On appeal from the Supreme Court.
For the appellant, Anschelewitz & Barr (Sidney J. Meistrich, of counsel).
For the respondents, Giordano, Golden & Hurley (Theodore D. Parsons, of counsel).
The opinion of the court was delivered by
HEHER, J. Defendant appeals from a judgment entered on jury verdicts in favor of plaintiffs on a complaint charging negligence in the use and maintenance of a sidewalk abutting defendant's lands in the City of Asbury Park, whereby the female plaintiff suffered personal injuries. Her husband sued per quod.
It is assigned for error that the trial judge denied defendant's motions for a nonsuit and a directed verdict, grounded upon the asserted failure of proof of negligence (although contributory negligence is also alleged on the argument here), and that the verdicts were contrary to the weight of the evidence. The latter assignment is not, of course, cognizable on error.
The printed record reveals a loss of defendant's right of appeal. The judgment record recites that after the rendition of the verdicts, "a rule to show cause why the verdicts should not be set aside and a new trial granted was allowed" to defendant by the trial judge, and that the judge, "having heard the argument of counsel and having duly considered the reasons filed, ordered said rule to show cause discharged * * *." Neither the rule to show cause nor the reasons assigned for a new trial have been incorporated in the state of the case or filed with the clerk of the Supreme Court. There is on file with the clerk of that court, but not printed in the state of the case, an "order discharging rule to show cause," made on July 9th, 1945, which simply recites the issuance of the rule to show cause why "a new trial should not be granted to the defendant," and the hearing of the arguments of the parties thereon, without any specification of the reasons urged for a new trial, and provides for the discharge of the rule to show cause.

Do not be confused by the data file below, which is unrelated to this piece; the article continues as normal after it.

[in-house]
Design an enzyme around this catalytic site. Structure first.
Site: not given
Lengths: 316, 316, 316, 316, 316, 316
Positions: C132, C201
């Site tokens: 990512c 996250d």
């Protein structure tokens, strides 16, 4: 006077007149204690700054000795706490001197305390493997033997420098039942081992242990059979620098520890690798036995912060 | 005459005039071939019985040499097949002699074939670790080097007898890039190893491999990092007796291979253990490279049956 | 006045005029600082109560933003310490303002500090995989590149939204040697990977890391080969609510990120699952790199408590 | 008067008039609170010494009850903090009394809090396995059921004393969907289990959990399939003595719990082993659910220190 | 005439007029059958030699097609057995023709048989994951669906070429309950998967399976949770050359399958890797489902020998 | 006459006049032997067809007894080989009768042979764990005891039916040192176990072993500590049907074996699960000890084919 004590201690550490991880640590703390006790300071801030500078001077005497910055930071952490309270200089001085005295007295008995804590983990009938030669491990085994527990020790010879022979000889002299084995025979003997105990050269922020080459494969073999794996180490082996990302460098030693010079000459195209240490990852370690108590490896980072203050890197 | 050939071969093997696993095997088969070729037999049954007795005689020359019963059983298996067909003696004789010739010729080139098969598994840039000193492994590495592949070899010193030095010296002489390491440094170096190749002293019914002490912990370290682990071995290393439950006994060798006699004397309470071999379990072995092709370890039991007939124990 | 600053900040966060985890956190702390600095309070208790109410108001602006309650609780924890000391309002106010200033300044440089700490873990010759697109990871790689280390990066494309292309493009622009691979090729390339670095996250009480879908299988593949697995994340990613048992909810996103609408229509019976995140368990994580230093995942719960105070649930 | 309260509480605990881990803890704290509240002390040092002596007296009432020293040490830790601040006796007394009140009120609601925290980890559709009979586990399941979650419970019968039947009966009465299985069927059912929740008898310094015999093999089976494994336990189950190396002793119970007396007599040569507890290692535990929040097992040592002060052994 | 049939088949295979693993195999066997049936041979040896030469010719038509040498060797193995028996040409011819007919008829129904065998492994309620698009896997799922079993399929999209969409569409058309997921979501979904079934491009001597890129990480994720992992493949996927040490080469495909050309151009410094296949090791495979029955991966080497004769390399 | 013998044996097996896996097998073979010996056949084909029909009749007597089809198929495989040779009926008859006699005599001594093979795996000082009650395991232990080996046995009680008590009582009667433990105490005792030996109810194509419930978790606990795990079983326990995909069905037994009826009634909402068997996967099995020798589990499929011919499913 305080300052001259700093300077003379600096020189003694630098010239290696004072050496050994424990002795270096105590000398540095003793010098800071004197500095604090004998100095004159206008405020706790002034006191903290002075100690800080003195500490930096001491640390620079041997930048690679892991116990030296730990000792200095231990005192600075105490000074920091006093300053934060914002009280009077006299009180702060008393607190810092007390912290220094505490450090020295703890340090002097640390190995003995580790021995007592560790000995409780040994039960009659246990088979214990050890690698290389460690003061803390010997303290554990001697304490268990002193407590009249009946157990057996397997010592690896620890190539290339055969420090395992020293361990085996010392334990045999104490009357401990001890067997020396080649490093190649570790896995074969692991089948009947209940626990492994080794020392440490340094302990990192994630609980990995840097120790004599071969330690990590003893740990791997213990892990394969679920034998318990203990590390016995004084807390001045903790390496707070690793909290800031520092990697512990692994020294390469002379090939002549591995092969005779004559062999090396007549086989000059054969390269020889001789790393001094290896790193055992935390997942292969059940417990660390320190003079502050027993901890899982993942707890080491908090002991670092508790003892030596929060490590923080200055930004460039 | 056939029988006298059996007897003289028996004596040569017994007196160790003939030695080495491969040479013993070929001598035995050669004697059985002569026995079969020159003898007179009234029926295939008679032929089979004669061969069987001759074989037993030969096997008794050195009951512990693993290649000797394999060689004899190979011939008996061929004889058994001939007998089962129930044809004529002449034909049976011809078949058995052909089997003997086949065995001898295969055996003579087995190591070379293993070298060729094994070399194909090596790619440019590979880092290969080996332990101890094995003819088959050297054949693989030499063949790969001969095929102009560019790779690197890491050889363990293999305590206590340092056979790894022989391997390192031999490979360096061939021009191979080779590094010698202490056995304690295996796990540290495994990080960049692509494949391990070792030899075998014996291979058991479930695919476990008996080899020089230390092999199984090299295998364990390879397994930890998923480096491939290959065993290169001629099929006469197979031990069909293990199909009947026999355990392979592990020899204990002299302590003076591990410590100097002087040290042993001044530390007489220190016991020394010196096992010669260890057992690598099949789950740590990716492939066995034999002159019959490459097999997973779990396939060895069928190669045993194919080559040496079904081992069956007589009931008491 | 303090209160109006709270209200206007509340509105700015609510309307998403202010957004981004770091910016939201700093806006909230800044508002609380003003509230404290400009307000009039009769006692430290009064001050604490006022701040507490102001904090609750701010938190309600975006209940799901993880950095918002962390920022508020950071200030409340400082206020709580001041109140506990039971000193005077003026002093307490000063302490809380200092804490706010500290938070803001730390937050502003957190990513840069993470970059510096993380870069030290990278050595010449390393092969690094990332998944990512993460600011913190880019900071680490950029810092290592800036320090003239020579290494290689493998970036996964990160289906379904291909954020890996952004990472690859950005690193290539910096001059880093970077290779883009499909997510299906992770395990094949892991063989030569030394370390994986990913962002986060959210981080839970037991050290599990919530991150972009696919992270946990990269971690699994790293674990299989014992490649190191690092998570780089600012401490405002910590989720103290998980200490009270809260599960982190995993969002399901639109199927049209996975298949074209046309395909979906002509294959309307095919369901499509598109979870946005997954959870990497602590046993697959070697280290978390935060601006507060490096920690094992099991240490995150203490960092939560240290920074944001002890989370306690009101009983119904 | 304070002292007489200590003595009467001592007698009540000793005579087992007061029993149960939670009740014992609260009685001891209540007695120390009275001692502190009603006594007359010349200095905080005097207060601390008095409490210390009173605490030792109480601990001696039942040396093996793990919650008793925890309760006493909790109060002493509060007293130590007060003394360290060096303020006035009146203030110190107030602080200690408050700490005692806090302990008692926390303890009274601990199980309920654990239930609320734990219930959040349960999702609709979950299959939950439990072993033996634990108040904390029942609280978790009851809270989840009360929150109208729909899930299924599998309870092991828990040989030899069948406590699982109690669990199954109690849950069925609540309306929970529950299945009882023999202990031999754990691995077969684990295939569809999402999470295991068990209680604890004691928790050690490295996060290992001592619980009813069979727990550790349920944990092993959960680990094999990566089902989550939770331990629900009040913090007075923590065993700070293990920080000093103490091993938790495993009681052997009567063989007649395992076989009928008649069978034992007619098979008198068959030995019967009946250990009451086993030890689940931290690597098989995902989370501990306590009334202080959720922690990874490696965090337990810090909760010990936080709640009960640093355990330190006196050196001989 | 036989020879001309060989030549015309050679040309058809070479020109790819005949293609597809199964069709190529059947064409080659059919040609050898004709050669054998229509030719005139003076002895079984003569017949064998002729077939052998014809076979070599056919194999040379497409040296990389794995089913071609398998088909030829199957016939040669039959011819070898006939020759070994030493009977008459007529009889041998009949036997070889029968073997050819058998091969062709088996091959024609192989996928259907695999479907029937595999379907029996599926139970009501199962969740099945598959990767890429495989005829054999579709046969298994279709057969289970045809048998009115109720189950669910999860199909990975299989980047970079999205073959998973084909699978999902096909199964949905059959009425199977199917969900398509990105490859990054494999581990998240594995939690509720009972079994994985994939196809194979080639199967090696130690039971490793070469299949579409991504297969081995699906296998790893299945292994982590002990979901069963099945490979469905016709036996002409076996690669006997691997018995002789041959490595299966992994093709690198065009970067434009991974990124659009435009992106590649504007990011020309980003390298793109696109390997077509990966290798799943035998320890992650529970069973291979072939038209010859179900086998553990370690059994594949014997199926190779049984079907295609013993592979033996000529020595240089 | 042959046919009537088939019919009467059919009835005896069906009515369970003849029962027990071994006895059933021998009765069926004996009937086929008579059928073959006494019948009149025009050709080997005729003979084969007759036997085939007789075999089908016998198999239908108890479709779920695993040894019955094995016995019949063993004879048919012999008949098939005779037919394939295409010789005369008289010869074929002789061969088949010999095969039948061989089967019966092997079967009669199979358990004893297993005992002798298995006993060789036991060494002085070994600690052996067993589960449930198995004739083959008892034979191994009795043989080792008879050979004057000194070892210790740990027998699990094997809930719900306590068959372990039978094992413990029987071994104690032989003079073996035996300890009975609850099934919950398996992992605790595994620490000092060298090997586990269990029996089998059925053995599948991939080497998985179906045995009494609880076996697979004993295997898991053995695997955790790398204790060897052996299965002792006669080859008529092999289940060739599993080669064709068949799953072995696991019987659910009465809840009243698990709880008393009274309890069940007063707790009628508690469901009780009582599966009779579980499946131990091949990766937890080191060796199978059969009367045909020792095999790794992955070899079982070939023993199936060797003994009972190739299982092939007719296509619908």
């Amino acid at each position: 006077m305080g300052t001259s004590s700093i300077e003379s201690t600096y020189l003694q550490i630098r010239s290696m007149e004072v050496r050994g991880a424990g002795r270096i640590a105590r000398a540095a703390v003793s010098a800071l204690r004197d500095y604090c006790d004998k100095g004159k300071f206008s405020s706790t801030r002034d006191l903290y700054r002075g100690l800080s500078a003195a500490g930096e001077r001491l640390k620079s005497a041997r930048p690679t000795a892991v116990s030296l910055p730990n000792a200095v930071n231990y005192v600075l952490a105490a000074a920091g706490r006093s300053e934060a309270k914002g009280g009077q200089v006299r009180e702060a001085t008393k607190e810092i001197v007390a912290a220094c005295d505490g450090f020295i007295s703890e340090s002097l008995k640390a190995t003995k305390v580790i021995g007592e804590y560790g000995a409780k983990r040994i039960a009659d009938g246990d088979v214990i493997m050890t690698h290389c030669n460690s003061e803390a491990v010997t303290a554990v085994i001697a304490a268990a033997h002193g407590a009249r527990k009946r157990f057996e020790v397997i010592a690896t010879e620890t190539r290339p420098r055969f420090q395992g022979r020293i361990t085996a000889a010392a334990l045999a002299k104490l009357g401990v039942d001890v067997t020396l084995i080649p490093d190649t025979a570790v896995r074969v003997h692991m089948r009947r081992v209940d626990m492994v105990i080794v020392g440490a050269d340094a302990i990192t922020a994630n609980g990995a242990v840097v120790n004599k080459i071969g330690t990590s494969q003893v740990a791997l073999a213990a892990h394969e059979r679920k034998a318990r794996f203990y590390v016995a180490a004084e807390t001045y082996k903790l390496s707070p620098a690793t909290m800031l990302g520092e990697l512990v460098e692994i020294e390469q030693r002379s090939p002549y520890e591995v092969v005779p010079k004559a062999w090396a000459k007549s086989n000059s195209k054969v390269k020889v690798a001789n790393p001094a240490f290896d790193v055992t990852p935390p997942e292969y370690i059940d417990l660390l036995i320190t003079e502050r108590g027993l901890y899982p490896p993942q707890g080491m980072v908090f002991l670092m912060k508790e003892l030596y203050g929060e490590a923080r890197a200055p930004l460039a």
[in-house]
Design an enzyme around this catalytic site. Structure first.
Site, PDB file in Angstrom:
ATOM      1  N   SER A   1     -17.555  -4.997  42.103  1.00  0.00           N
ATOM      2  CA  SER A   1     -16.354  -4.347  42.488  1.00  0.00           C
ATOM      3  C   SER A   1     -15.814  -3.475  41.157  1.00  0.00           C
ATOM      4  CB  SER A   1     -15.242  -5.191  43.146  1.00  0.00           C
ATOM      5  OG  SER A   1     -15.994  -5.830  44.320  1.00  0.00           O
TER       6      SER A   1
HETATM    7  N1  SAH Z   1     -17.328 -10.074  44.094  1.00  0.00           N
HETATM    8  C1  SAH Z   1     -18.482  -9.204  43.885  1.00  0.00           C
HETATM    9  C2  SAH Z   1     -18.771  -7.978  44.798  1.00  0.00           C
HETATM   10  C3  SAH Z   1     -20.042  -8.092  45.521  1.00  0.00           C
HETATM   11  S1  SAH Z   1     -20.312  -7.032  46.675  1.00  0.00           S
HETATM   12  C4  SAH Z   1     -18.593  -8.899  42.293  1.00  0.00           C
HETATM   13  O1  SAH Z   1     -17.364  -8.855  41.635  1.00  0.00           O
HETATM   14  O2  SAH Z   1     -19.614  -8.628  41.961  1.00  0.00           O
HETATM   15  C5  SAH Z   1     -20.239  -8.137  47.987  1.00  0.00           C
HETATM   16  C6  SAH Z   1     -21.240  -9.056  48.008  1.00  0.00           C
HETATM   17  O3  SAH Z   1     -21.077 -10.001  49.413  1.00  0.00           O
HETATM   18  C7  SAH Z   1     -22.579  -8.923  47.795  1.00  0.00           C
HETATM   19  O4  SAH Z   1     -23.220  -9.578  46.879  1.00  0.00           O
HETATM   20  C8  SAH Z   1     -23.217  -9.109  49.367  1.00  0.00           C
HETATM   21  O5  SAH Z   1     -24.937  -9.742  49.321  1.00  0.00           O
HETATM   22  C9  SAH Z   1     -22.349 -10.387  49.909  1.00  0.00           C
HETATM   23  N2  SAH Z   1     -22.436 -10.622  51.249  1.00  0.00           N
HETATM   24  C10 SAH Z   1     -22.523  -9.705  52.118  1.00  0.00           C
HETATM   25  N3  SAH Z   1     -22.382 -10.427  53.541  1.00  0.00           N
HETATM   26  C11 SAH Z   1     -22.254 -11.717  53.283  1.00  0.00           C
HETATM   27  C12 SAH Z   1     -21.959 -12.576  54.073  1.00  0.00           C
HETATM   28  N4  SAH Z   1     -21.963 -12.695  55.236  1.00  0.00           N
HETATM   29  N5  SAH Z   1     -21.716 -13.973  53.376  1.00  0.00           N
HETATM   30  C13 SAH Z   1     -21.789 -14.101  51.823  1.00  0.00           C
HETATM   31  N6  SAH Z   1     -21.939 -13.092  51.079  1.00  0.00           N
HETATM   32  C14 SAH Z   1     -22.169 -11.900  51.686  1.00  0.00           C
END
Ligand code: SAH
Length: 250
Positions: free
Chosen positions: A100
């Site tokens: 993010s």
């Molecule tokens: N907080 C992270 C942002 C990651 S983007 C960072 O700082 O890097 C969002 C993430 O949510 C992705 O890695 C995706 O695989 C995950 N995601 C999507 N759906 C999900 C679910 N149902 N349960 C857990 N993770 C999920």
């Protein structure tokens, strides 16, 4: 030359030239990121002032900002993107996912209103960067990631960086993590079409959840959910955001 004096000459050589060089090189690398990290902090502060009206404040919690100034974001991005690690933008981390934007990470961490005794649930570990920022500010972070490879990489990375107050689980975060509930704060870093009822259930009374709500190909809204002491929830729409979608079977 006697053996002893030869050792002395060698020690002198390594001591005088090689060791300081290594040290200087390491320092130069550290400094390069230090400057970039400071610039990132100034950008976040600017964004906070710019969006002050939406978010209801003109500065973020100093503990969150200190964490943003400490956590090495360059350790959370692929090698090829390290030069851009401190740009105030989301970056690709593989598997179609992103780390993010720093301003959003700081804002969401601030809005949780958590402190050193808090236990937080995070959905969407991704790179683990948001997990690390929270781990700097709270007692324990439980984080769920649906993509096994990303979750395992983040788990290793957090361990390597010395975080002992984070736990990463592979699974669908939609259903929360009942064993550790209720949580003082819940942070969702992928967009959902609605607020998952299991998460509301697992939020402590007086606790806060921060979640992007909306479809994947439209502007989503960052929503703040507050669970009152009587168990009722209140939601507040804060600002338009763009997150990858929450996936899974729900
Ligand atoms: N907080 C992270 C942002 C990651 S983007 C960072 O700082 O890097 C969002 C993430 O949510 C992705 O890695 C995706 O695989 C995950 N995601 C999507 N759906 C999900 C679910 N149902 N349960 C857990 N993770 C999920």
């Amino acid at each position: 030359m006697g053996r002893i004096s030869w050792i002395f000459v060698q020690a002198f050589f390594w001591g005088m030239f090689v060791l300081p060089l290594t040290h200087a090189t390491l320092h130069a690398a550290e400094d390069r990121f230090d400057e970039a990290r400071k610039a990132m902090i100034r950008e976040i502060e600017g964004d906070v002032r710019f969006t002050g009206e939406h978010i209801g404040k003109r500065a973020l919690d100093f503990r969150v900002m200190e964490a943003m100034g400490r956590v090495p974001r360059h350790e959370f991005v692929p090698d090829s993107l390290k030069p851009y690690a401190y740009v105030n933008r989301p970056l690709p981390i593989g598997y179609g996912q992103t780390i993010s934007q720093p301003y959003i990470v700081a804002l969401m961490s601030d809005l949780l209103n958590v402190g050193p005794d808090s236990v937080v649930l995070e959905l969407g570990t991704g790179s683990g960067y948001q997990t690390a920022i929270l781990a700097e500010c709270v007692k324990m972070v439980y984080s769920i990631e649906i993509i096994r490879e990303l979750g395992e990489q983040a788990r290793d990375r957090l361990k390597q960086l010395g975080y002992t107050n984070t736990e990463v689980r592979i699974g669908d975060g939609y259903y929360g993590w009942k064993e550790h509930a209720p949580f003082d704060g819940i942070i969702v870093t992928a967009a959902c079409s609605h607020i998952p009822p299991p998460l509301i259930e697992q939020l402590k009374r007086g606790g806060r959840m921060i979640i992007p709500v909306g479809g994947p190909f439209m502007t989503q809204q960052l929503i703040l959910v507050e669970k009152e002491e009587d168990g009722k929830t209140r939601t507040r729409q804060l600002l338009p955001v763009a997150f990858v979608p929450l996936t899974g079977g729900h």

Rule 129 of the Supreme Court, which has its origin in Rule 83 of the Practice Act of 1912 (Pamph. L., pp. 377, 399), provides that the granting to a party of a rule to show cause why a new trial shall not be granted "shall be a bar against him to taking or prosecuting an appeal, except on points expressly reserved in said rule." And rule 130, also derived from Rule 83 of the Practice Act of 1912, renders it discretionary with the trial judge whether or not the rule to show cause shall be special.
Since the record does not exhibit a specific reservation of points in the rule to show cause, it is to be presumed that the rule was granted without reservation, and it therefore serves to bar the right of appeal. Compare Gregutis v. Steinberg, 97 N.J.L. 1; affirmed, 98 Id. 264. This presumption accords with the letter and spirit of the rule. It is to be observed that here the exceptions now argued were in all likelihood comprehended in the reasons urged for a new trial, and in that event the doctrine of res judicata would be applicable. Vide Cleaves v. Yeskel, 104 Id. 497; Cleary v. Camden, 119 Id. 387.
Under the earlier provision of the Practice Act of 1903, the allowance of a rule to show cause constituted a waiver of the bill of exceptions merely. Comp. Stat. 1910, p. 4119, § 214. In Consolidated Traction Co. v. Whelan, 60 N.J.L. 154, this court refused to apply that provision on the grounds that it did not appear "in the record" nor was "it otherwise shown that any rule to show cause was allowed," and the assignments of error were all made upon the record. That case therefore not apposite.
The appeal is accordingly dismissed.
For dismissal -- THE CHANCELLOR, CHIEF JUSTICE, PARKER, CASE, BODINE, DONGES, HEHER, PERSKIE, COLIE, OLIPHANT, WELLS, ...